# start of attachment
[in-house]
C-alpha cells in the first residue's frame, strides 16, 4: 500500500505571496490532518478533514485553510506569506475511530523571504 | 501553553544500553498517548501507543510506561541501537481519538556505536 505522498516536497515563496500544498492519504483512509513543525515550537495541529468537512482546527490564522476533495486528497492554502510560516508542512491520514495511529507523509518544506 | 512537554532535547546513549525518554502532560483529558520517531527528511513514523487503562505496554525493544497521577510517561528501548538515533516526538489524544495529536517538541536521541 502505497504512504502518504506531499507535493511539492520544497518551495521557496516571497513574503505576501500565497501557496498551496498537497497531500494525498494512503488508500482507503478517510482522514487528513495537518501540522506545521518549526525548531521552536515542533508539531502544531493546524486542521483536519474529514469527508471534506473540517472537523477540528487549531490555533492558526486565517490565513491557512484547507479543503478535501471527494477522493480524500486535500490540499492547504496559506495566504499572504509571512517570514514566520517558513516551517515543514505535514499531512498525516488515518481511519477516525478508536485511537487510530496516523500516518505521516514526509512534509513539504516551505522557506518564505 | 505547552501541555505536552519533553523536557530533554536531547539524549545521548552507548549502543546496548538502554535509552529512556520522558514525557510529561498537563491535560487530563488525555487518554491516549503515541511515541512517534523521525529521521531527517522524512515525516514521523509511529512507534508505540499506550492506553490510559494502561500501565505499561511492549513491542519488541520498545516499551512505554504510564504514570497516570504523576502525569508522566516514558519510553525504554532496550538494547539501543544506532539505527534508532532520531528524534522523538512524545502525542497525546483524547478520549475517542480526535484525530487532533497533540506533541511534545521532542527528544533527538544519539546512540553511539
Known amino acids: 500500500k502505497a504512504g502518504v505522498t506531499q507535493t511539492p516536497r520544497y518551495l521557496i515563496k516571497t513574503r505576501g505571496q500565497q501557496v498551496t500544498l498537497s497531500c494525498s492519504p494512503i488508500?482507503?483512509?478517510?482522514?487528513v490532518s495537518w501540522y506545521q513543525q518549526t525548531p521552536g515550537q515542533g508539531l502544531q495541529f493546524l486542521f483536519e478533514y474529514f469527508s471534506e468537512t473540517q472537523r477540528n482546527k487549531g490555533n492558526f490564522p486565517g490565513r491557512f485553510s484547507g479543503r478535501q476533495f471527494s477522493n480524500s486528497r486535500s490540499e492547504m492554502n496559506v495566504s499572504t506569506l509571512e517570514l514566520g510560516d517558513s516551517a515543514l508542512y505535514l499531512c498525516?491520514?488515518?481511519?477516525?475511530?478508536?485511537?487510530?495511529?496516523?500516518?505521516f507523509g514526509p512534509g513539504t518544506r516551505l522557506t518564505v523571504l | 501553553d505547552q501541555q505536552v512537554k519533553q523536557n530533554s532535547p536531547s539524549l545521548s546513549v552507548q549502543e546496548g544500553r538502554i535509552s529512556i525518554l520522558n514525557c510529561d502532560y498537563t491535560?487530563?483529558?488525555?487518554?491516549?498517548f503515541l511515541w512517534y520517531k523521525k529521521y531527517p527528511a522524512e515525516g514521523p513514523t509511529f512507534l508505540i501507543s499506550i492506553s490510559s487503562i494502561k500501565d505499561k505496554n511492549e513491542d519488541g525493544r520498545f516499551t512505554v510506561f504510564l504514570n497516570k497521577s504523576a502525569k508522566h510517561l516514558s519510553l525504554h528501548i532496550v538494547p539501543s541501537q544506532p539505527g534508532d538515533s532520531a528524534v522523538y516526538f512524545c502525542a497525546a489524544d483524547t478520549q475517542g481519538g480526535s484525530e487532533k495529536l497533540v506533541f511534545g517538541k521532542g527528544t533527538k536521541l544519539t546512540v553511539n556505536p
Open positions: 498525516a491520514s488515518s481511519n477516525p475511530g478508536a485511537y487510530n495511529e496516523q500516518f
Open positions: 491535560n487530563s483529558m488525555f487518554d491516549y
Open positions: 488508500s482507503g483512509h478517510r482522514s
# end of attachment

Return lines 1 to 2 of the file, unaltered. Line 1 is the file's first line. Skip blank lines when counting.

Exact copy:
[in-house]
C-alpha cells in the first residue's frame, strides 16, 4: 500500500505571496490532518478533514485553510506569506475511530523571504 | 501553553544500553498517548501507543510506561541501537481519538556505536 505522498516536497515563496500544498492519504483512509513543525515550537495541529468537512482546527490564522476533495486528497492554502510560516508542512491520514495511529507523509518544506 | 512537554532535547546513549525518554502532560483529558520517531527528511513514523487503562505496554525493544497521577510517561528501548538515533516526538489524544495529536517538541536521541 502505497504512504502518504506531499507535493511539492520544497518551495521557496516571497513574503505576501500565497501557496498551496498537497497531500494525498494512503488508500482507503478517510482522514487528513495537518501540522506545521518549526525548531521552536515542533508539531502544531493546524486542521483536519474529514469527508471534506473540517472537523477540528487549531490555533492558526486565517490565513491557512484547507479543503478535501471527494477522493480524500486535500490540499492547504496559506495566504499572504509571512517570514514566520517558513516551517515543514505535514499531512498525516488515518481511519477516525478508536485511537487510530496516523500516518505521516514526509512534509513539504516551505522557506518564505 | 505547552501541555505536552519533553523536557530533554536531547539524549545521548552507548549502543546496548538502554535509552529512556520522558514525557510529561498537563491535560487530563488525555487518554491516549503515541511515541512517534523521525529521521531527517522524512515525516514521523509511529512507534508505540499506550492506553490510559494502561500501565505499561511492549513491542519488541520498545516499551512505554504510564504514570497516570504523576502525569508522566516514558519510553525504554532496550538494547539501543544506532539505527534508532532520531528524534522523538512524545502525542497525546483524547478520549475517542480526535484525530487532533497533540506533541511534545521532542527528544533527538544519539546512540553511539